We woke to another beautiful morning and did a full pack-up of Bertha as we were heading off today. With water tank and jerry can full and grey water tank empty, we drove a short distance to the fuel station to fill up with diesel, and then on to the dump point to empty the cassette. So, with everything full that needed to be full and everything empty that needed to be empty, we headed back to the Lasseter Highway.
Our first stop for coffee was at Sandy Way Rest Area (71 Camps 9). We commented on this stop on the way in. Overnight stays of 24 hours are allowed, and there is water (not sure exactly how fresh), shelter, rubbish bins, and a mobile ‘phone “hotspot”. As advised previously, this could be a reasonable place to stop overnight on the way to Yulara and then only have a short drive the next morning.
Back on the highway we passed a “wandering animals” road-sign and sure enough, we almost immediately came across some cattle right on the edge of the road. They looked peaceful and happy enough but it would only take a few steps out into traffic to cause chaos!
We stopped for lunch in Bertha at Curtin Springs. It was very busy while we were there with a couple of coaches stopping but it’s simply too expensive for us to make any purchases here.
From Curtin Springs we continued along Lasseter Highway to the Luritja Road where we turned North towards Kings Canyon.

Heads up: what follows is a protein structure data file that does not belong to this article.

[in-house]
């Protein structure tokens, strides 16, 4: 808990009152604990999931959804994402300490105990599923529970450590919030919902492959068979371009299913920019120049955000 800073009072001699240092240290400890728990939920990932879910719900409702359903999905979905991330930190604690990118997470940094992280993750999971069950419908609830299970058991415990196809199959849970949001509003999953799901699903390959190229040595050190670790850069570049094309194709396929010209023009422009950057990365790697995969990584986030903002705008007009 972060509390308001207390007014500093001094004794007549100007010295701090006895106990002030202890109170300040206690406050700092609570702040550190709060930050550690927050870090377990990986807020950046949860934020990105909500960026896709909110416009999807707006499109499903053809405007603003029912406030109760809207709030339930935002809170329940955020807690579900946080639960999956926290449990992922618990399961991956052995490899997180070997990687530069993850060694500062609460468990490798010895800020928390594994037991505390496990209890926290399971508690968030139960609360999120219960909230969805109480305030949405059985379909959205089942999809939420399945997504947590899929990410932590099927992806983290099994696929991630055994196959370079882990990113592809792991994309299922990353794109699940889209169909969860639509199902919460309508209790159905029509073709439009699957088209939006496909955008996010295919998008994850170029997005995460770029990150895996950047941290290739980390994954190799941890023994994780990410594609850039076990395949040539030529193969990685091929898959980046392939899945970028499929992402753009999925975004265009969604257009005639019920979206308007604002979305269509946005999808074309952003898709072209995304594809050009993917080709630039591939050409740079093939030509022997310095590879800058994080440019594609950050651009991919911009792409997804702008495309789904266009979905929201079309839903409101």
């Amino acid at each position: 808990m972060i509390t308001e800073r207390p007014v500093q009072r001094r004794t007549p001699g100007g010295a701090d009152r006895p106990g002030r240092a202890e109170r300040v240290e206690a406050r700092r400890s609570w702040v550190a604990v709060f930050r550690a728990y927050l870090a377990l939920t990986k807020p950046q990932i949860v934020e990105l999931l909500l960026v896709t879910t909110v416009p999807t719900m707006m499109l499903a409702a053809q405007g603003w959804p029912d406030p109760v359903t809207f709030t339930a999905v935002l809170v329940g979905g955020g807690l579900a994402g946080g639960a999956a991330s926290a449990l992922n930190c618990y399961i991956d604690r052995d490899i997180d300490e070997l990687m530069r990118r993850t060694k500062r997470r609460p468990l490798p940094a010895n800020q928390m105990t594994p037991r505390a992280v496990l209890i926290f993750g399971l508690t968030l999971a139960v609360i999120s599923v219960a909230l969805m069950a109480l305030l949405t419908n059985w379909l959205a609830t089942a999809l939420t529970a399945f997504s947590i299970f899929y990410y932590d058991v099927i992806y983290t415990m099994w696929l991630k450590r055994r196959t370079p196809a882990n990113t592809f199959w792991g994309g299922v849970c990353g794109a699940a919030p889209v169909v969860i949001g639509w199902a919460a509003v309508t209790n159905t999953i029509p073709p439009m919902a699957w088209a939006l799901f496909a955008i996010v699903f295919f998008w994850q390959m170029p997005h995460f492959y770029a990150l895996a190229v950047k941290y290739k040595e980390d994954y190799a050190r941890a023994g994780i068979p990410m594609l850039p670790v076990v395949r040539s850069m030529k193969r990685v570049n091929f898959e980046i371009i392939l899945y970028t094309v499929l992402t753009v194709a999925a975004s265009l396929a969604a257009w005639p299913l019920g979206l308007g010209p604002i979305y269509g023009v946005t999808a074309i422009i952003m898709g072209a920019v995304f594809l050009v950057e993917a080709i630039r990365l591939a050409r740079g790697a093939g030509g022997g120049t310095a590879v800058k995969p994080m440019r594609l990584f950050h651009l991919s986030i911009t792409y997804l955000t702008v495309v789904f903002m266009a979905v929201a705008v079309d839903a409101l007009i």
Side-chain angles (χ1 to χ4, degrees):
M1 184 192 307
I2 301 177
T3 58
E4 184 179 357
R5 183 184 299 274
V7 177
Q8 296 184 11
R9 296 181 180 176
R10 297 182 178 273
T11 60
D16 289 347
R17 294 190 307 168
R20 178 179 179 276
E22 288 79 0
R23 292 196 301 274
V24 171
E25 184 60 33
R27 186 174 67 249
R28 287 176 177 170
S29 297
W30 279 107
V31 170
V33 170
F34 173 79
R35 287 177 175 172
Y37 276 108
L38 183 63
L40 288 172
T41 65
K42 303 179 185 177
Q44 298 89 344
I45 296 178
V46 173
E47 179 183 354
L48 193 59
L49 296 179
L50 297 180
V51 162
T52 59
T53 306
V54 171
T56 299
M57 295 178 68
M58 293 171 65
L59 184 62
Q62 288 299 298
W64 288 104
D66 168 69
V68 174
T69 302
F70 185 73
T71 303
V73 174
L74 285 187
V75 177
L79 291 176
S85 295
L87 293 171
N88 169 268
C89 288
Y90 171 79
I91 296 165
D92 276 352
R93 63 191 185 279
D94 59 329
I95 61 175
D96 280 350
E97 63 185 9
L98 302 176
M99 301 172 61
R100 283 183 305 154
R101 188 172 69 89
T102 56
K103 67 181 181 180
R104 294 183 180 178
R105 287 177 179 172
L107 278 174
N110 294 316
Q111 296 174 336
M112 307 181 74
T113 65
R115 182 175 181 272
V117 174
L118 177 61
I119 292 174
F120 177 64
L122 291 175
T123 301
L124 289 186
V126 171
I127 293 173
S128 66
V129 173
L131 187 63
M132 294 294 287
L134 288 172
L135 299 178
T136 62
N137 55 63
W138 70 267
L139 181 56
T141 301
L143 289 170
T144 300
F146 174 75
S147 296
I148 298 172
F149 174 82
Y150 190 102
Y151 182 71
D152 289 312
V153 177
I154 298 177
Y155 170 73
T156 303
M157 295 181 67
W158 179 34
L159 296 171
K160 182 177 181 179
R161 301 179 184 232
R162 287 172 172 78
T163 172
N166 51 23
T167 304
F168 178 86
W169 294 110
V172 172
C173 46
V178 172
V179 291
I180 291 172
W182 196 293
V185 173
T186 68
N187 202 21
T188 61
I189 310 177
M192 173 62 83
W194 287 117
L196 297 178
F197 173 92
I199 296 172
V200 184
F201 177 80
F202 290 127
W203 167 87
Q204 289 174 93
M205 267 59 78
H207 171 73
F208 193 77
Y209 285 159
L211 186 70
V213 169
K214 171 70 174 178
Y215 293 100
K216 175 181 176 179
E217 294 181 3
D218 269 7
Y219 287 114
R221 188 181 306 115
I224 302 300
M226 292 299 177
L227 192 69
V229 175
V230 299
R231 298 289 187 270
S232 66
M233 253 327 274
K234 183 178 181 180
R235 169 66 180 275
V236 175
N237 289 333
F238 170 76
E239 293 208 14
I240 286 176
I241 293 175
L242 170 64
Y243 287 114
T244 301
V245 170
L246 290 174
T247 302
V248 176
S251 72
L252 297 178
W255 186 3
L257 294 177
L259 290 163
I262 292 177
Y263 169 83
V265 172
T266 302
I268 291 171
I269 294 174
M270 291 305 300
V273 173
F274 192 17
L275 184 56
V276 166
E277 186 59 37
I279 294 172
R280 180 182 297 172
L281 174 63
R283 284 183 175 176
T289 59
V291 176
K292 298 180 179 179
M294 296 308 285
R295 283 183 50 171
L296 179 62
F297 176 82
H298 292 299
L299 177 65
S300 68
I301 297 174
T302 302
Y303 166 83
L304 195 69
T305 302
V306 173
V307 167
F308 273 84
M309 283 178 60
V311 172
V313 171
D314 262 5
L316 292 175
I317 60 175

We soon made our way to Salt Creek Rest Area (67 Camps 9) where we will be staying the night. It’s a great free camp with shelter, rubbish bins, a water tank, etc but no toilet facilities. There were a couple of groups here when we arrived but it has since been filling up all afternoon.
After a basic set-up I went for a walk to see if I could find any trace of Salt Creek. No luck at all, but there is a large sand-dune behind the camping area and a number of driving tracks over the top. The dirt here is very fine red dust and obviously some vehicles had experienced some difficulties driving through the dust. Over the sand-dune however was a fantastic place to camp with lots of flat ground, trees, etc, but no man made facilities. Late this afternoon a chap in a Land Rover and off-road camper stopped and checked it out – he happily drove over and is now set-up on his own over the hill.
On the way back from my walk I noticed some interesting tracks in the dust – no idea what they are though.
This place is great. There is a pleasant cool breeze, no TV, no internet, no mobile phones, just peacefulness. What else could we do but get out the chairs and enjoy some reading in the shade?
There are about 10 groups here tonight, so it has got a lot more crowded since we arrived. We fired up the BBQ for dinner and then sat inside with the doors and windows open, reading and enjoying the breeze without the flies (yes – they are a real problem out here).
After a while someone in one of the other groups started playing guitar – very well too! What a lovely way to spend the evening. We went to sleep to the sound of dingoes/dogs howling somewhere near-by.